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Report Carbon Dioxide Removal

Ocean-based carbon dioxide removal landscape in China

China’s annual carbon dioxide (CO2) emissions exceeded 10 gigatons (Gt) in 2018 for the first time in history and are expected to continue to grow. China has pledged to peak CO2 emissions by 2030 and to reach carbon neutrality by 2060. To achieve its carbon neutrality goal, China will need to remove some amount of carbon dioxide using trees and technology on land as well as look to leverage its ocean’s capacity to absorb excess CO2. However, there is currently limited research on the potentials and challenges of a diversified portfolio of CDR in China. This report is the first-of-its-kind effort to understand the landscape of ocean-based carbon dioxide removal in China.

Historically, our ocean has absorbed about one-third of excess carbon dioxide in the air, contributing to ocean warming and increased acidification, which is wreaking havoc on the marine ecosystem and negatively affecting coastal communities. A number of innovative approaches to ocean-based carbon dioxide removal have been proposed that enhance the ocean’s natural ability to safely remove and sequester carbon dioxide while also helping to improve ocean health and increase the resilience of marine ecosystems against climate change impacts. It is crucial to research and validate the efficacy of these approaches to ensure they offer meaningful climate and community benefits.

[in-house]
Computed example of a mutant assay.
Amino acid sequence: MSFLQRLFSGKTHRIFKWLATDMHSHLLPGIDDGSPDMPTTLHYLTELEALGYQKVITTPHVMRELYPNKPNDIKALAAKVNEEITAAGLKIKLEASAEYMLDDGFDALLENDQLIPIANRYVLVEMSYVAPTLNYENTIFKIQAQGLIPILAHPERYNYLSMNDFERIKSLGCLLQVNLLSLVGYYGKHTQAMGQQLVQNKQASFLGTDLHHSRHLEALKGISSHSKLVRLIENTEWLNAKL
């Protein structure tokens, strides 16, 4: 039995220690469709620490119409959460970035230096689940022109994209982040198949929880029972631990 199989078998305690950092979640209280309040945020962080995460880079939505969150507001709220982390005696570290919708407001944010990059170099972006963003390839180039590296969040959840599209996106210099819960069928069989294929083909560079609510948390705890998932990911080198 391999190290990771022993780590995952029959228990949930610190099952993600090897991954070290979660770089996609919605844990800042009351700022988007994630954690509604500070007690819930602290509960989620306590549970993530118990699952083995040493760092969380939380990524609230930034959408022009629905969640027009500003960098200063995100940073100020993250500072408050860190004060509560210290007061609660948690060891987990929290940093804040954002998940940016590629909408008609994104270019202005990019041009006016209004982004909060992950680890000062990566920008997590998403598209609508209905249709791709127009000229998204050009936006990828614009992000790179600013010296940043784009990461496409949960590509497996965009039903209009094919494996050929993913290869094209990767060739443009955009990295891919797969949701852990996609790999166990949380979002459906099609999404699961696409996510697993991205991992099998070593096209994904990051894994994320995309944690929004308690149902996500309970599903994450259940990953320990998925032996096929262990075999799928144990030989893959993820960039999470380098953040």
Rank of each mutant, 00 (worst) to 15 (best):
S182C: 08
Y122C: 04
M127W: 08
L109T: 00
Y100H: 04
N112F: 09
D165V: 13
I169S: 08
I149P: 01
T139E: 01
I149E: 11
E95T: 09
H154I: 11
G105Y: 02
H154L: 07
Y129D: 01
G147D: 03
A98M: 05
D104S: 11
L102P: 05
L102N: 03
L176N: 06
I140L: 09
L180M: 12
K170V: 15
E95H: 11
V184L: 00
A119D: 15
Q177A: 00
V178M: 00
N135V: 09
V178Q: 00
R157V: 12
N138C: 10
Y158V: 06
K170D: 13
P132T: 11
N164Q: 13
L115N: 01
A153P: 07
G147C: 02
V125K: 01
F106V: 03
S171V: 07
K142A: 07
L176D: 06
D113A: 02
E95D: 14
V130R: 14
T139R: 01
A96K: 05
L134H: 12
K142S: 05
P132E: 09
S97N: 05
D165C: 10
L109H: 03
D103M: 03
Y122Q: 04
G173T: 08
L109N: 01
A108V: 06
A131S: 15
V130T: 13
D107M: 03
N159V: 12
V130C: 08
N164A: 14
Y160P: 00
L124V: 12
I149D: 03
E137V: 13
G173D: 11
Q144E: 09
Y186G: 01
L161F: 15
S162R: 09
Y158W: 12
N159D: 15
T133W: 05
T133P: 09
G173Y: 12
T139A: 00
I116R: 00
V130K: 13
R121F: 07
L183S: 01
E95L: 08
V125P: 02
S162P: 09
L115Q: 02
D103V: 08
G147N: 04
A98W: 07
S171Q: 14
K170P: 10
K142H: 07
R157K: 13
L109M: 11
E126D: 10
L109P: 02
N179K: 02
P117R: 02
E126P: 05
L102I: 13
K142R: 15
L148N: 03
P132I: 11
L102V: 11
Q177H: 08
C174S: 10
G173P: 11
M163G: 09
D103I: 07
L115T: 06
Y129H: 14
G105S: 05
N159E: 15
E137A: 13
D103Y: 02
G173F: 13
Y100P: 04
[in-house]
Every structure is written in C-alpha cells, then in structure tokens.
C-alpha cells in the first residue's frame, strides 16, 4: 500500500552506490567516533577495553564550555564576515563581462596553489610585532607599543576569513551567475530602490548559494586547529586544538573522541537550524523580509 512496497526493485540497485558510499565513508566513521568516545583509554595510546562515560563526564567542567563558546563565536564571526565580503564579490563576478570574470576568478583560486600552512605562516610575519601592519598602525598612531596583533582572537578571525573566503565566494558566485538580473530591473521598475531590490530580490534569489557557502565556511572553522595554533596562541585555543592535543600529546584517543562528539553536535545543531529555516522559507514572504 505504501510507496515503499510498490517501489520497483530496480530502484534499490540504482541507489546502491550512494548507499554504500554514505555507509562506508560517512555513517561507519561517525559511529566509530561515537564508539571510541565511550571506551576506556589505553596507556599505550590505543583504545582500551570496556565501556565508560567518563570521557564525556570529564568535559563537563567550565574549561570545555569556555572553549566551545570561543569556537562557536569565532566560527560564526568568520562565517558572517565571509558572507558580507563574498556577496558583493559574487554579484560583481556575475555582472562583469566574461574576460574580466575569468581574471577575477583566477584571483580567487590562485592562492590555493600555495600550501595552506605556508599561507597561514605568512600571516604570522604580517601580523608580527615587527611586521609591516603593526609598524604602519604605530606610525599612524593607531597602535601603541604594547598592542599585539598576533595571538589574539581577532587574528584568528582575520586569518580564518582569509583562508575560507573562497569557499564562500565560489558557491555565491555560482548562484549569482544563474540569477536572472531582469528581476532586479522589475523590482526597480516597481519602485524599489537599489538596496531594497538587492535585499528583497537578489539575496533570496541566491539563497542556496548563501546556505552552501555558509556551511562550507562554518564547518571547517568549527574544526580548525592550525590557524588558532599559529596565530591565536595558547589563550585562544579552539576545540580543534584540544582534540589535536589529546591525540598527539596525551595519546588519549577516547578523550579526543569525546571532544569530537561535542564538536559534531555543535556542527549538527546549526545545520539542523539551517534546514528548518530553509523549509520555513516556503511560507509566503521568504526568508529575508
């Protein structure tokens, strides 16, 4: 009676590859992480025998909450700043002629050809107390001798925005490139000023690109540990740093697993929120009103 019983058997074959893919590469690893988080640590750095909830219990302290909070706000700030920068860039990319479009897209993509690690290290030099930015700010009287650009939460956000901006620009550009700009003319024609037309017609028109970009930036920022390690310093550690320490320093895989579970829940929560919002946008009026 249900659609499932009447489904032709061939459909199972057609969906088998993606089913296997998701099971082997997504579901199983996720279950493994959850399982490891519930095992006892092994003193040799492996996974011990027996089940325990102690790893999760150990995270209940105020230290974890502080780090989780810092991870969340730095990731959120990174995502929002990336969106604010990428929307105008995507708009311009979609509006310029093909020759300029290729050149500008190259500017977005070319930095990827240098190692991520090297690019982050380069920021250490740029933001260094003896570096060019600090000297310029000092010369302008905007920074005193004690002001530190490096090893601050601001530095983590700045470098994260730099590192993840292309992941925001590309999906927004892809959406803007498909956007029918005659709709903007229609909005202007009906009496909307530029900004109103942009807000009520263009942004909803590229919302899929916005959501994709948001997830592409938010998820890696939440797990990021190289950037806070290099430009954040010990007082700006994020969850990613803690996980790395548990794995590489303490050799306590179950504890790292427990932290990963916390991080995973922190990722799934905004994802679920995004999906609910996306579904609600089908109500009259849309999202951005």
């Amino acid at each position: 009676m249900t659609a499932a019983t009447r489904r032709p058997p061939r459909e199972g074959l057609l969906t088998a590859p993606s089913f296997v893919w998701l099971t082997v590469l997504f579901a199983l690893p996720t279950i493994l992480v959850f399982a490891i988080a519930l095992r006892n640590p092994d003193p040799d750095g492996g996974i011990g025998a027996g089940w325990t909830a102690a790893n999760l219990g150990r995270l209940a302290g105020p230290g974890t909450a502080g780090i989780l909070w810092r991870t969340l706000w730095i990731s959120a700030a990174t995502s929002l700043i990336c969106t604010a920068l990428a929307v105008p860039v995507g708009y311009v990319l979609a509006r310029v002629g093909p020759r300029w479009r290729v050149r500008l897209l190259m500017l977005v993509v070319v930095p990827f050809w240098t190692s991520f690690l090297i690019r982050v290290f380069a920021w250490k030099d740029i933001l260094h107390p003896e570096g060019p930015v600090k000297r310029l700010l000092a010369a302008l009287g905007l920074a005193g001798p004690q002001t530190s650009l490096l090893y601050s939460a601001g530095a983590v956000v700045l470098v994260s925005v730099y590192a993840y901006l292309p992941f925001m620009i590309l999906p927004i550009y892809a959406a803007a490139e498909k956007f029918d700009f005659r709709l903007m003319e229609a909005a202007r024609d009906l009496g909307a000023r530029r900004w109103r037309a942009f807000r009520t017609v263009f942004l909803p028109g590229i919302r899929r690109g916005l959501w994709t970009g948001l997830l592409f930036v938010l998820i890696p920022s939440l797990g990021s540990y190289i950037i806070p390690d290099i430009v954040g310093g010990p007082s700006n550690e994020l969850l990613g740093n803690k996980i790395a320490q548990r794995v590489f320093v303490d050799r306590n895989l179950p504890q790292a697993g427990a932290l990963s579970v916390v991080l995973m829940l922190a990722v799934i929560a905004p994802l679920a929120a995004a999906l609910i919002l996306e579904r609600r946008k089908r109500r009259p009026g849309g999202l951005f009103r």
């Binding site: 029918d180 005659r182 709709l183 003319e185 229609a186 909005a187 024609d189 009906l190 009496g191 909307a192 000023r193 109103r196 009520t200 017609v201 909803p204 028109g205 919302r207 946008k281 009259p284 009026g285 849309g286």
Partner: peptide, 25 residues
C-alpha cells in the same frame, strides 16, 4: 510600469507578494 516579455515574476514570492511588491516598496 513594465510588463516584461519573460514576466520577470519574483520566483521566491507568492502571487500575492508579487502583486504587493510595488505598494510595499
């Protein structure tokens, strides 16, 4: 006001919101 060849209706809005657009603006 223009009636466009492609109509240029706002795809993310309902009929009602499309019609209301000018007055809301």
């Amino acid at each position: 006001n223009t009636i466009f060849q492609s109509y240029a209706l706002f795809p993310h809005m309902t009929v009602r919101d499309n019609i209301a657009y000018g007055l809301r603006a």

This report takes the first step in the right direction by synthesizing the current state of scientific knowledge on ocean CDR approaches in China through literature review and stakeholder interviews. The researchers identified and examined four ocean CDR approaches proposed and practiced in China — seaweed cultivation, artificial upwelling, microbial carbon pump, and offshore carbon storage. In addition, the report discusses the potential and challenges of these approaches and provides recommendations where further research is needed.

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Published March 6, 2023



Weijie Wang

Environmental Research Center at Duke Kunshan University

Junjie Zhang

Nicholas School of the Environment at Duke University & Environmental Research Center at Duke Kunshan University